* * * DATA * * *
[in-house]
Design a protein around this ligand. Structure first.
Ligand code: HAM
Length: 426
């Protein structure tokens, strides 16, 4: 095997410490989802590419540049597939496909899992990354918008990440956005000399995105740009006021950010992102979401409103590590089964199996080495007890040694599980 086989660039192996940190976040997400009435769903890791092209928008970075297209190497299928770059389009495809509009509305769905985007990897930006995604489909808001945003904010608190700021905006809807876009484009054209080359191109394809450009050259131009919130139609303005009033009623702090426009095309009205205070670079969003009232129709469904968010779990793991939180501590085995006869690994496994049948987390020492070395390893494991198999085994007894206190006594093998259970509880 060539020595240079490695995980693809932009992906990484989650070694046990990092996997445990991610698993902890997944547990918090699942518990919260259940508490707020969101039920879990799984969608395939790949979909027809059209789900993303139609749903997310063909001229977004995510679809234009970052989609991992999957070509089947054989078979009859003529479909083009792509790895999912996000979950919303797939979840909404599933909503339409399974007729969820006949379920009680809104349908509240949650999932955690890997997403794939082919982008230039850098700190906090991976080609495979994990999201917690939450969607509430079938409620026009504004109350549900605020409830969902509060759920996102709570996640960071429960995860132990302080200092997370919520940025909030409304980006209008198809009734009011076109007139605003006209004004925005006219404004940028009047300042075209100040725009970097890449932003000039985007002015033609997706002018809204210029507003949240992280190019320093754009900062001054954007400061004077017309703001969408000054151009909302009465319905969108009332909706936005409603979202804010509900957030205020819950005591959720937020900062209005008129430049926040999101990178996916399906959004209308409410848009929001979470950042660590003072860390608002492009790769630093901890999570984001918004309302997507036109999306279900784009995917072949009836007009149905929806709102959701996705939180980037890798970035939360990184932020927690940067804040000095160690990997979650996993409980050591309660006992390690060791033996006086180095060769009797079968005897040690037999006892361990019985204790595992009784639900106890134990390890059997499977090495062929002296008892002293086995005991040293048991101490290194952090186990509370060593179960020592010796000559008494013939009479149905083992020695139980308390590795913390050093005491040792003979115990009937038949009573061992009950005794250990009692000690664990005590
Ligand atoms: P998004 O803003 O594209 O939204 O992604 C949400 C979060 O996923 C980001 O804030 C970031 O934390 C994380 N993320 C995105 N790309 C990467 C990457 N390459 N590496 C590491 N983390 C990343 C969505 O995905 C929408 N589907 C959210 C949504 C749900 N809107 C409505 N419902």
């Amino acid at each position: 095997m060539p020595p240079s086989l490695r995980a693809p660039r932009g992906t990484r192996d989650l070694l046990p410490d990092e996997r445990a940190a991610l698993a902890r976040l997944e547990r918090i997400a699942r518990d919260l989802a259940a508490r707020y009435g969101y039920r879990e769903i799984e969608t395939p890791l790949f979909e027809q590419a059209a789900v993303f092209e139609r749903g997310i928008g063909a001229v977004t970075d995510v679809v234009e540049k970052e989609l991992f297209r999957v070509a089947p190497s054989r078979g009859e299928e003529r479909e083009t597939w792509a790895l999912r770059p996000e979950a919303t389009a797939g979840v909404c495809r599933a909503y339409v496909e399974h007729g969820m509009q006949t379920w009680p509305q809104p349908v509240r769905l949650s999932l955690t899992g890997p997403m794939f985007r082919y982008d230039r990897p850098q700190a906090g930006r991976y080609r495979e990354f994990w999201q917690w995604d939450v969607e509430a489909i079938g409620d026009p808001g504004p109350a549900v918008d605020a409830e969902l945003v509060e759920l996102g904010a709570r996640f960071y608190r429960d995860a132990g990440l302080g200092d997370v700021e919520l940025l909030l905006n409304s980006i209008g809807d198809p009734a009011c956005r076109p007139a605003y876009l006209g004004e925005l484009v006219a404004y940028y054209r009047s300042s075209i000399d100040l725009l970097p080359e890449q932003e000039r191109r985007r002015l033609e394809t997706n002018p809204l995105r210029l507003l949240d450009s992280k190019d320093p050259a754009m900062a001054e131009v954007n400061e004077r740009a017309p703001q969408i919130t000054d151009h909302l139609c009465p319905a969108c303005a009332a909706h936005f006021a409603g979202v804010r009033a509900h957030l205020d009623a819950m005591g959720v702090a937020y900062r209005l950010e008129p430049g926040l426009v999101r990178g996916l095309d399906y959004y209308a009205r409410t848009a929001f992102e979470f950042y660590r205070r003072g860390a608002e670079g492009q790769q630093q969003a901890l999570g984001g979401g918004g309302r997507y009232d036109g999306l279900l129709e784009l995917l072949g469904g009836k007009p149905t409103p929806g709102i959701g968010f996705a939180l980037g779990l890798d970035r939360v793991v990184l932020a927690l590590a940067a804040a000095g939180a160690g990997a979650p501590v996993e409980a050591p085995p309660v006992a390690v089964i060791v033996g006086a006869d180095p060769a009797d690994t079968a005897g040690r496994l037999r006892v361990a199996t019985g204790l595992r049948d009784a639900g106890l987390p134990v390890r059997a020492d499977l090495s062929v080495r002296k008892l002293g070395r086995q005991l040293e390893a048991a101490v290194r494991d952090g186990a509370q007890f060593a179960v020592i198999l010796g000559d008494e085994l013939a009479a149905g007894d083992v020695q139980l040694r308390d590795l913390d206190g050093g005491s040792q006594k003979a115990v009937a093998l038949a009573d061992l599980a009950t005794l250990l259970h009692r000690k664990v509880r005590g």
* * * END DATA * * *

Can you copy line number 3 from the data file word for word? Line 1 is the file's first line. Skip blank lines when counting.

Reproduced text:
Ligand code: HAM